Joe List in Fourth of July.

I got an email from Louis C.K.’s website reminding me that he had just self-released a movie that is available for purchase at his website. I absolutely HATED his movie I Love You, Daddy, but his TV show was a favorite of mine, and his comedy specials are always good. I hoped some of that funny mojo had perhaps worked its way into his feature filmmaking after that initial misfire.

The film stars Joe List as Jeff, a neurotic piano player with a wacky family, and Louis C.K. as Jeff’s therapist. For the first half hour or so, the film feels like a bag of bad clichés, and I thought I was witnessing further proof that C.K. should stick to more episodic vehicles rather than full-length movies.

Thankfully, the film gets better, to a point where it could actually be described as good. When List’s character leaves the city to spend a few days in Maine with his family for the Fourth of July, the movie becomes far more interesting, often funny, and dramatically effective. This film is not on par with C.K.’s best TV work in Louie, or his excellent short series Horace and Pete, but it’s a vast improvement over I Love You, Daddy.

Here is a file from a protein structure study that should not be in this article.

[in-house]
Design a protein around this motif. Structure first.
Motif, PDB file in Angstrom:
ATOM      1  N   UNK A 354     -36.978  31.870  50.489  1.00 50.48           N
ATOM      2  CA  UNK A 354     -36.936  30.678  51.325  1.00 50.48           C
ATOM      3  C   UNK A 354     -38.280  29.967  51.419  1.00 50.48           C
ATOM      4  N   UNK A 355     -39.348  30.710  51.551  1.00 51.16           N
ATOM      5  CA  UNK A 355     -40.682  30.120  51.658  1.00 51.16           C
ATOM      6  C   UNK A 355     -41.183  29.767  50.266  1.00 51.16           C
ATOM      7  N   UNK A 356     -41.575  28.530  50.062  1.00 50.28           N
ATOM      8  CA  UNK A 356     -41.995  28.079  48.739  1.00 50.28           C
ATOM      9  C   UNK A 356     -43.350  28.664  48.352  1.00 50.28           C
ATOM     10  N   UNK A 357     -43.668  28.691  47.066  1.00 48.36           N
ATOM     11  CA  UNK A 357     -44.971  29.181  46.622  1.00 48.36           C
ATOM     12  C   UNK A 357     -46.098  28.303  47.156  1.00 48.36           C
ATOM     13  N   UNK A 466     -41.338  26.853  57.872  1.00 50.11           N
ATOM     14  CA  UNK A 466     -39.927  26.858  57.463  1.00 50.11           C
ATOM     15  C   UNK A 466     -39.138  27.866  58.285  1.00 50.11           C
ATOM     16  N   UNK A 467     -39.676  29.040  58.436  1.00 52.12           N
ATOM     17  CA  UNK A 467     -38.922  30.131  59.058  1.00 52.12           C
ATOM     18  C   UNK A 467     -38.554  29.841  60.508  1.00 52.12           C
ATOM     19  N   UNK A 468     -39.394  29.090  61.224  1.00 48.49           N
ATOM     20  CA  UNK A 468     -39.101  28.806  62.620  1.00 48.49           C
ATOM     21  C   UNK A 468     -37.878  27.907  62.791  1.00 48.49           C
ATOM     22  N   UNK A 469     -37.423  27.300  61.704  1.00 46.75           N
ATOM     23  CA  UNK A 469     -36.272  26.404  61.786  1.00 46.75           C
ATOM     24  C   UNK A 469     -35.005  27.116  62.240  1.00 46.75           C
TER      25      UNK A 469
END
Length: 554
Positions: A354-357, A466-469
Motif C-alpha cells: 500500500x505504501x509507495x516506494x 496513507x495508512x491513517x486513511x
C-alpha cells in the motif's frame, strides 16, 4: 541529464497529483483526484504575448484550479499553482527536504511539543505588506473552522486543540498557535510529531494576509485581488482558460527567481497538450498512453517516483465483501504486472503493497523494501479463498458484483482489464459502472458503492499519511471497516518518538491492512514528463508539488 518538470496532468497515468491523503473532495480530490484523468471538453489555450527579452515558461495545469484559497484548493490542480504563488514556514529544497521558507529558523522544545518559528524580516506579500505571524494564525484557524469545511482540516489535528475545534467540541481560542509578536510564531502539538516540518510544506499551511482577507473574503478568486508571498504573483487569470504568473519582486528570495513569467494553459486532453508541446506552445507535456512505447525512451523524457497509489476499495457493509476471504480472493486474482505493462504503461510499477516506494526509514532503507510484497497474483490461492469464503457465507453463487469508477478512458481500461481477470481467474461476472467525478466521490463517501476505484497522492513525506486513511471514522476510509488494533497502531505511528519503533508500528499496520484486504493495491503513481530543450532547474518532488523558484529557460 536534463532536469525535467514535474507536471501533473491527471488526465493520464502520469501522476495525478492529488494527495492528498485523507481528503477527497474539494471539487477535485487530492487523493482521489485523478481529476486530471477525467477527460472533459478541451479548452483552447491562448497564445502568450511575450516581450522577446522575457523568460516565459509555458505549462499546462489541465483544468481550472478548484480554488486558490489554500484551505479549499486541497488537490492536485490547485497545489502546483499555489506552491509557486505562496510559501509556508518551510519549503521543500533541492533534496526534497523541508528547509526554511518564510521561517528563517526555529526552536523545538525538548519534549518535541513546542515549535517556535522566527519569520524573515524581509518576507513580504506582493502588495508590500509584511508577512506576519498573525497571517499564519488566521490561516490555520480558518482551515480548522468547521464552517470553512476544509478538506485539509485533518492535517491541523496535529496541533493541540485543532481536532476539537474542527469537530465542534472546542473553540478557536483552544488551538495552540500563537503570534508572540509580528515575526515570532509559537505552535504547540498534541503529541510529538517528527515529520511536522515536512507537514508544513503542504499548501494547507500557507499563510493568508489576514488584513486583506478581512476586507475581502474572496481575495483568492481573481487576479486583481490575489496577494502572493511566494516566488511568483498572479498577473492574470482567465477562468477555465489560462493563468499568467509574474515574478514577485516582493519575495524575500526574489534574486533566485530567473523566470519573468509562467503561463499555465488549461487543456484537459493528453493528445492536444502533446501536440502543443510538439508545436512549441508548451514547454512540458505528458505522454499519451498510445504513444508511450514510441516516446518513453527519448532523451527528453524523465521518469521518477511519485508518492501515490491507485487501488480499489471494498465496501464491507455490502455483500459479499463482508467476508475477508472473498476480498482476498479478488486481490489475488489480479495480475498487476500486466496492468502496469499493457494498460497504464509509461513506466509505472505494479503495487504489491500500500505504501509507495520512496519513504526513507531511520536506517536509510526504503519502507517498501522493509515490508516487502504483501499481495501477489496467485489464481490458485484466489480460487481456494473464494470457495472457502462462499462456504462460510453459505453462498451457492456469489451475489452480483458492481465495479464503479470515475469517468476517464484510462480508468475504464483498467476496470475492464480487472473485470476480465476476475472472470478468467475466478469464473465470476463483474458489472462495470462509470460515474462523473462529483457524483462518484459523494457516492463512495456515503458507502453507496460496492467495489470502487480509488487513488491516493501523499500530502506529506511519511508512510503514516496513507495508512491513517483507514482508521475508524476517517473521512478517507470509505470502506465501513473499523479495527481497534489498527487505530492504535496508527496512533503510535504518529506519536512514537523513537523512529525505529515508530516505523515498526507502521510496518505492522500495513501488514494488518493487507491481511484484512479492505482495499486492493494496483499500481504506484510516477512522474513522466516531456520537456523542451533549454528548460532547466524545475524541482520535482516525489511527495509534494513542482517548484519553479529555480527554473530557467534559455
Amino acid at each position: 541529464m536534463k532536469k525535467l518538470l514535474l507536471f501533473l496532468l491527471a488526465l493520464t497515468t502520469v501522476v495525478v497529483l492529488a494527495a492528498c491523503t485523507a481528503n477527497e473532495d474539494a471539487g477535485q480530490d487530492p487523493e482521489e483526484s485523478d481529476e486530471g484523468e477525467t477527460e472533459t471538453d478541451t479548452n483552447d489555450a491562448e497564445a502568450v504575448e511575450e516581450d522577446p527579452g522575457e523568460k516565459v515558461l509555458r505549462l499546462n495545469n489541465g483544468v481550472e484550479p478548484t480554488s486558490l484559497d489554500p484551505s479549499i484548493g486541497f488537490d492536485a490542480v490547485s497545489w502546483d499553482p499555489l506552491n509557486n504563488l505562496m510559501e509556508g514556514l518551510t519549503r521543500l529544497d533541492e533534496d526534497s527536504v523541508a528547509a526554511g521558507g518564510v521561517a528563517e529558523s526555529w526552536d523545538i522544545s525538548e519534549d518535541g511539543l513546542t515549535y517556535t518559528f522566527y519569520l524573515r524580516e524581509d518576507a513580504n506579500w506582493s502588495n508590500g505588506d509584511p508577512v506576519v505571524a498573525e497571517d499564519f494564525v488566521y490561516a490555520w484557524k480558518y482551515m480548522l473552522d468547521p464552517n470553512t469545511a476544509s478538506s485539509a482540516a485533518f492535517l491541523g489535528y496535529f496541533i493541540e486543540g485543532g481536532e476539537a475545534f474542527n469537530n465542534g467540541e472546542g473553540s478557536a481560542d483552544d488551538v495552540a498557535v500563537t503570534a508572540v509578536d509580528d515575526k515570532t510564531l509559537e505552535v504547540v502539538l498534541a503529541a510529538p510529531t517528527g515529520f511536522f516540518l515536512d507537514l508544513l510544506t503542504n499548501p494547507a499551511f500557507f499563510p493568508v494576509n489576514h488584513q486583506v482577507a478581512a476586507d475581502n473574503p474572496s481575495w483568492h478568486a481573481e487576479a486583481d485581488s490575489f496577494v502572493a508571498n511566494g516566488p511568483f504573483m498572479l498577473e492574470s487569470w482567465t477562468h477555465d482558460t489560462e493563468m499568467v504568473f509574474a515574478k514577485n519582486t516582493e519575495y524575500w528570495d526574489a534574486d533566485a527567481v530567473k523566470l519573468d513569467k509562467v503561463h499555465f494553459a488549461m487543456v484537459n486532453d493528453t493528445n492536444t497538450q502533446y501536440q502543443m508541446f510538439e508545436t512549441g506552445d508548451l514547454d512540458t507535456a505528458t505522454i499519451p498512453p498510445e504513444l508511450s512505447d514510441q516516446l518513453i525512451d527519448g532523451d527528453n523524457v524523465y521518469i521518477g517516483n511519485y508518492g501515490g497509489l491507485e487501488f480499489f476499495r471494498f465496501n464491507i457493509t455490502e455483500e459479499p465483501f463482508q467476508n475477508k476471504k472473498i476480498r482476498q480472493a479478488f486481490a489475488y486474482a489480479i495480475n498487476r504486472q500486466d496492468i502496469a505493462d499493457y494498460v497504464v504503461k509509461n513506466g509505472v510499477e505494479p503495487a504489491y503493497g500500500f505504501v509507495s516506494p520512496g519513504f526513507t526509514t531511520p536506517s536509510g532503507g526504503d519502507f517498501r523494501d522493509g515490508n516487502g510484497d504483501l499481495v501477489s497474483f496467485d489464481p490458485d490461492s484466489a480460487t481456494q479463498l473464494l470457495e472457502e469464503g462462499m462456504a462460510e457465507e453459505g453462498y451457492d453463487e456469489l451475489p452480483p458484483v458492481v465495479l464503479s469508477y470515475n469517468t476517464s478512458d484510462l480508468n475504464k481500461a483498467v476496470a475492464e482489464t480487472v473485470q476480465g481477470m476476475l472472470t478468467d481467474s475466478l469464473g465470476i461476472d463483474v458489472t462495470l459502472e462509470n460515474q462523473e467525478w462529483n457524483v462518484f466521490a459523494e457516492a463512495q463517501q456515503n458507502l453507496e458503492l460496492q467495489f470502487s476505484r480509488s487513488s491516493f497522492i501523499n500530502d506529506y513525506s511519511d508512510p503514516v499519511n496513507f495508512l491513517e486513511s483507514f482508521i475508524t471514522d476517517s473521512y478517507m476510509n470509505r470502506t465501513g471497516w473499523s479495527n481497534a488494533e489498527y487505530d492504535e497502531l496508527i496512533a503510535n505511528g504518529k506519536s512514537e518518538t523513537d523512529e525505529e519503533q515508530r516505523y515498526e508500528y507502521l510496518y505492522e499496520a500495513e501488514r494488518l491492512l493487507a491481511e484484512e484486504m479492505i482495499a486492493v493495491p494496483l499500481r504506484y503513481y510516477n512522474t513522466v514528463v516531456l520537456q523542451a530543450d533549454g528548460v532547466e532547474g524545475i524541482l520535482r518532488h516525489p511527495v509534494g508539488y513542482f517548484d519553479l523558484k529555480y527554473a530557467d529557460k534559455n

For starters, Fourth of July doesn’t rip off Woody Allen as blatantly as Daddy does. Yeah, some elements of CK’s style still scream “Woody Allen” (including lots of jazz music and dark-framed glasses), but Fourth of July doesn’t feel like an Allen movie clone. List, who co-wrote the script with C.K., plays the central character with a confidence that builds—as if C.K. filmed everything chronologically, and List got better with time.

The last act actually has some real “wow” moments, with brutally honest dialogue from a capable cast including Nick Di Paolo, Robert Kelly and, especially, Paula Plum and Robert Walsh, as Jeff’s mom and dad. Walsh says a lot with silence—and when he speaks, it really hits home.

Fourth of July is proof that C.K. has some good stories left to tell, and that he might have his own “film” voice after all. I hope he can produce a movie someday that carries the anarchic, insane spirit of his pioneering TV show—but, in the meantime, Fourth of July is pretty good.

Fourth of July is available for purchase at